This post is a continuation of our post, The Secret of Strong Families. Today, David and I are sharing a few ways we have learned to delight in our kids. To be honest, this past week was a challenging week of parenting, and these are still the tools we used to regain joy in relating with our children, and building strong family relationships.
Jennifer says: Before we had children, I assumed that I would be a doting mother, full of affection and patience. Feel free to take a moment to stop laughing now. The baby stage is actually my most challenging stage for delighting in my kids. I would never have dreamt that before our kids, but I did not have the stereotypical instant bond with my babies. When I had our first baby, I had a hard recovery. I did not immediately fall in love with Liam – I was exhausted and he was a very heavy baby. Nursing was quite a challenge. David came down with the flu the night after Liam was born, and I had to totally rest in bed for a month. It was a challenging time, and I was not full of affection and patience. I grew to love Liam as I finally learned about his personality and stopped worrying about my schedules and tasks. He became my delight in that first year, and by his first birthday, I was finally okay with having more children. Even though Paul’s birth was really ideal and I recovered quickly, it still took me some time to “bond” with him. It was quicker with the girls, and I think I can share some tips on why it has become easier.
My first tip for delighting in your babies is to let go of your expectations. You may instantly fall in love with your babies – which is wonderful – or you may take a while to connect. That doesn’t mean that you are a bad parent or that you don’t have a strong protective instinct for your baby. Your emotions may be worn out for various reasons, or you may just be physically worn out. If you have had a difficult birth or a hard time nursing, your emotions could be exhausted. It helped me to give myself permission to be honest about my feelings and to accept that sometimes my emotions take a while to catch up to reality. In other words: It’s okay to be overwhelmed by motherhood. You will figure it out, and you will learn to love it in your own time.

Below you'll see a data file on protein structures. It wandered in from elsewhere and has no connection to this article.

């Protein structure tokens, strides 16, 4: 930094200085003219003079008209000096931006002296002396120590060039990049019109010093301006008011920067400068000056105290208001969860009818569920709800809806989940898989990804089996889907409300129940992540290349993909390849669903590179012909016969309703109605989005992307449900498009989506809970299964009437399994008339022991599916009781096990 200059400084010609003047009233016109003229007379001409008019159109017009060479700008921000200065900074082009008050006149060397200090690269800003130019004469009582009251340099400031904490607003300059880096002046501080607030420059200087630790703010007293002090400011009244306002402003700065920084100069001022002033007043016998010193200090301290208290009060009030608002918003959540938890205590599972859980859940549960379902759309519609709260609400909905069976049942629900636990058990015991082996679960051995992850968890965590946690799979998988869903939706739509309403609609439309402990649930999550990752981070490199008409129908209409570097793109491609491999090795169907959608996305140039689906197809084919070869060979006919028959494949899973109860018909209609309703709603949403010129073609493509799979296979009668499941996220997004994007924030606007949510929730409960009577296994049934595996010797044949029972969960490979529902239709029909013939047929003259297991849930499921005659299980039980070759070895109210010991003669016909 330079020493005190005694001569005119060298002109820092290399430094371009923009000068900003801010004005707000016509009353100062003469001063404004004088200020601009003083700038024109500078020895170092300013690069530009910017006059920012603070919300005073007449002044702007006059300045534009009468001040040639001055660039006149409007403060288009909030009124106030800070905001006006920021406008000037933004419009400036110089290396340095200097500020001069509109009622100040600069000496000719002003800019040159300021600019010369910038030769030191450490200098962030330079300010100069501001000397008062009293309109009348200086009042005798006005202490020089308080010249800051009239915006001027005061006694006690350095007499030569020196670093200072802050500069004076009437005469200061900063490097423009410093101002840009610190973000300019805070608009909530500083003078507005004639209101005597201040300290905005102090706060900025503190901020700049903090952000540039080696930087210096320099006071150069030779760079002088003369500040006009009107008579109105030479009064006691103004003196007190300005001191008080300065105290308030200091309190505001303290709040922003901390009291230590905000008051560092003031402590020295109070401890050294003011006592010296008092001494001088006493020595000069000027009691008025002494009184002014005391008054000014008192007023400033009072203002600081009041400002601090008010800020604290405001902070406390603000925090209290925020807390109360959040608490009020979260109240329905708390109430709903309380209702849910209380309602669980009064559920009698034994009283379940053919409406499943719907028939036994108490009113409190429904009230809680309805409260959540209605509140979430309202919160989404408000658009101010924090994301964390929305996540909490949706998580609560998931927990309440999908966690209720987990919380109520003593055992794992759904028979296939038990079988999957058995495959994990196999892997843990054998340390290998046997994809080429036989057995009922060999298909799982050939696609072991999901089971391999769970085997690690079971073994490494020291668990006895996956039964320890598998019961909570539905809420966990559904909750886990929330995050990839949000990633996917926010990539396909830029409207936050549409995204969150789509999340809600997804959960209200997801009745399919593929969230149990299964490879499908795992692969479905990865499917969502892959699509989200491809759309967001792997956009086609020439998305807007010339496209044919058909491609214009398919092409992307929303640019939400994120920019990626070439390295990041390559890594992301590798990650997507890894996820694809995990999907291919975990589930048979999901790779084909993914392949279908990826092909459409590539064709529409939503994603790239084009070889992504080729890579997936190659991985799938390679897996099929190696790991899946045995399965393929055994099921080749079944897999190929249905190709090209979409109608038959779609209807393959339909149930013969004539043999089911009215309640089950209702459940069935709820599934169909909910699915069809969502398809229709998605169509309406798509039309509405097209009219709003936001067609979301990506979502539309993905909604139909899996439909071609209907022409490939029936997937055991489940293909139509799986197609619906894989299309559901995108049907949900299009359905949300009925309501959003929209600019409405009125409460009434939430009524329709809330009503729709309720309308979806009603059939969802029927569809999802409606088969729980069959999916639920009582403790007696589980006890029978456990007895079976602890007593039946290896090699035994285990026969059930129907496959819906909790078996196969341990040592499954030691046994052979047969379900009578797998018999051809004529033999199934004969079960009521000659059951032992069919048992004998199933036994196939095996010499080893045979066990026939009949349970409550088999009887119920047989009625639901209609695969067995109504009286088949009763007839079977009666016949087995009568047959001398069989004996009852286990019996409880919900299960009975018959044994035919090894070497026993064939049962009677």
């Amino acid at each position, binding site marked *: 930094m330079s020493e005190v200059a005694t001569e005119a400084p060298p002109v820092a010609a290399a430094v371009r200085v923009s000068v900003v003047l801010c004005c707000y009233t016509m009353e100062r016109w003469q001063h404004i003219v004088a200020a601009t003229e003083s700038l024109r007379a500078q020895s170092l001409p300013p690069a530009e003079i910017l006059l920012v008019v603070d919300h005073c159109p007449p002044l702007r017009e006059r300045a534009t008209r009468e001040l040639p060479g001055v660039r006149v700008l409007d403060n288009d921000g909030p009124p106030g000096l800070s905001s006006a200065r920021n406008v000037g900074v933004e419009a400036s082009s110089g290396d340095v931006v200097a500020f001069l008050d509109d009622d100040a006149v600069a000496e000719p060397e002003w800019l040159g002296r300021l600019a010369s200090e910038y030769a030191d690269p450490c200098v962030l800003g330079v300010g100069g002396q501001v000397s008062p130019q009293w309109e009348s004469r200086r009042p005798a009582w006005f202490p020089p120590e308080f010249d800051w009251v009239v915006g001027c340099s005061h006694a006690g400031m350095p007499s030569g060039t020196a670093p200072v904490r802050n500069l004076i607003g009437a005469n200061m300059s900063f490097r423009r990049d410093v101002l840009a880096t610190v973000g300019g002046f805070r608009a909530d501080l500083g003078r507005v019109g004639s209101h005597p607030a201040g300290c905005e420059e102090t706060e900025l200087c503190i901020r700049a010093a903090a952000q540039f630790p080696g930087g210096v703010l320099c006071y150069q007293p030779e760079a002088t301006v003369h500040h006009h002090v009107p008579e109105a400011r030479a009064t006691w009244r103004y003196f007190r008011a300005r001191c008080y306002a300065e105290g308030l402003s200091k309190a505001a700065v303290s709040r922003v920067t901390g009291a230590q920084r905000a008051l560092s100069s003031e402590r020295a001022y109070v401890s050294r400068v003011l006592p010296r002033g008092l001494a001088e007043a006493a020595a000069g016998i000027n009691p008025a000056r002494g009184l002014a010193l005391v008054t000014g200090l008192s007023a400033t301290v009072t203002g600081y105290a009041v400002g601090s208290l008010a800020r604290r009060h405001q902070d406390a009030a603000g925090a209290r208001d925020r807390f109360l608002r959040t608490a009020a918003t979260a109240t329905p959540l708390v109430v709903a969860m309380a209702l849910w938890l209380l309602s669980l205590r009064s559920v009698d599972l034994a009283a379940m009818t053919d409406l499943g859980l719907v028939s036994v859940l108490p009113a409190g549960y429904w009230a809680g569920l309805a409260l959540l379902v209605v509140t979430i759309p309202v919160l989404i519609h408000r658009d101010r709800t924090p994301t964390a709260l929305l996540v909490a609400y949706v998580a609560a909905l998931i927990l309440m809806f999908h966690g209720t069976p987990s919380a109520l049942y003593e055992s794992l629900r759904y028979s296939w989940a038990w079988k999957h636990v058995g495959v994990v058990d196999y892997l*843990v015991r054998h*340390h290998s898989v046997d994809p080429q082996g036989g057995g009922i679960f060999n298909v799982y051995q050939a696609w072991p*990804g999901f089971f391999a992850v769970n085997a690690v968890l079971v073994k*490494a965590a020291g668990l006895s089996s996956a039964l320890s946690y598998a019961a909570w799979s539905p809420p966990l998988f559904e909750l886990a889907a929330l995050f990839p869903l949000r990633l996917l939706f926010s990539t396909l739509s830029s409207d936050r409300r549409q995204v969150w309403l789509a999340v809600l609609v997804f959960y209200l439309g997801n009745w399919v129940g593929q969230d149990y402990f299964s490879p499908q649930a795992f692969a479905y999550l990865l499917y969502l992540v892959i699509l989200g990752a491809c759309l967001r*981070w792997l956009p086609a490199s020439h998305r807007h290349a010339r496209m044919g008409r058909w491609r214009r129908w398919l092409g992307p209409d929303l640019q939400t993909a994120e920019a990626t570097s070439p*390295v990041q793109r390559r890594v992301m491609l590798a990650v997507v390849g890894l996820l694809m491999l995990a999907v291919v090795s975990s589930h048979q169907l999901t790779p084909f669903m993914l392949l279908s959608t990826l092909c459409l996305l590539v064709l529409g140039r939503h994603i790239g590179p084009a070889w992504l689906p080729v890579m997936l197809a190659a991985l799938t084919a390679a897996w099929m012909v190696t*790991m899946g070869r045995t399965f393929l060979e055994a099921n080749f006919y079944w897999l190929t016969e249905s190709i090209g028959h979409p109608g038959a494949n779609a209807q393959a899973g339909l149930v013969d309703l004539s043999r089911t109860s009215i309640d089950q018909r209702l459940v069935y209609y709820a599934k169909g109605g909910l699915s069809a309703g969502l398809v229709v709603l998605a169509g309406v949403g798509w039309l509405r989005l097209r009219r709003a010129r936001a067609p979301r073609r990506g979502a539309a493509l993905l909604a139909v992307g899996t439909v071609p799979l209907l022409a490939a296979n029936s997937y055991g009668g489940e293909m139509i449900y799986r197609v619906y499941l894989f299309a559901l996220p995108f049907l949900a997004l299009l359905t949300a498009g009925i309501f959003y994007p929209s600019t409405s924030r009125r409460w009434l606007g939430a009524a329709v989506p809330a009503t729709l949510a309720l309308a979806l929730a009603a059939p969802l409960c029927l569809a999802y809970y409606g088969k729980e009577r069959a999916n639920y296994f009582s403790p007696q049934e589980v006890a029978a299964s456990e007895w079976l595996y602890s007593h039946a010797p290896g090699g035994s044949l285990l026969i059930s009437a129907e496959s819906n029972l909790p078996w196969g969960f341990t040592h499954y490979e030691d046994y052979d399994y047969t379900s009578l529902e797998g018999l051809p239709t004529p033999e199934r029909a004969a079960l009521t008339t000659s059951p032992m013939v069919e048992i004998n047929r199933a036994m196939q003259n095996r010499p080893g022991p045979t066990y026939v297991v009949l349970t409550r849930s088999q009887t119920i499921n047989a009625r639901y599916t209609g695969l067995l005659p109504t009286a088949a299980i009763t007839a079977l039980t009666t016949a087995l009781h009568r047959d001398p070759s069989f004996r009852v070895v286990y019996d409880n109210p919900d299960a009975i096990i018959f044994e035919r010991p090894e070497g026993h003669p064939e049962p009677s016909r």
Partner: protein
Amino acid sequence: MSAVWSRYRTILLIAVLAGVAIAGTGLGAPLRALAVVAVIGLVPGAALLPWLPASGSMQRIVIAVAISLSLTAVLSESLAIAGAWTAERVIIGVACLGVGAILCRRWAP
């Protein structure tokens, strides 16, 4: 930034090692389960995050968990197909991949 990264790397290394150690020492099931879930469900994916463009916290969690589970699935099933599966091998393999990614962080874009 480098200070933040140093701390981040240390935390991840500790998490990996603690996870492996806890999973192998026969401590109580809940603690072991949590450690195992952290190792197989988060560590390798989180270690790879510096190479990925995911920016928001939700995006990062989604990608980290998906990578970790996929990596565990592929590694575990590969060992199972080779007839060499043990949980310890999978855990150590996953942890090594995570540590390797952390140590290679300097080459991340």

Secondly, because I was required to stay in bed for a month after Liam’s birth, I stumbled across something else that helped me learn to delight in my babies. For me, the constant one-on-one contact with my baby helped me to focus completely on him, learning his expressions and getting comfortable with being his mom. We have kept the 4-6 weeks after baby devoted to me resting and spending time with each new baby. I stay in bed with the baby for the first week or so, then rest on the couch with the baby for the second week or so, and only do very light housework around the fourth week. This has been shown to be really good for a mother’s health, but the side benefit I wanted to mention here is that it helps me to get to know the newest creature in our family.
Third, I had to learn to rearrange my priorities. I had to let go of my schedule and remind myself that a relationship with my baby is more important than accomplishing tasks. Paul was the only baby we have had that actually slept through the night from the very beginning (I know, we were amazed and terribly grateful!). Even with that miracle, it was still challenging to follow through on all my precious plans every day. When I learned to set aside my all-important priorities, the inevitable interruptions were not as frustrating as it was when I was focused on checking off all my tasks and then got interrupted. That’s not to say that I didn’t do anything all day while they were babies, but I did have to learn to adjust my priorities and embrace flexibility, especially in the baby season.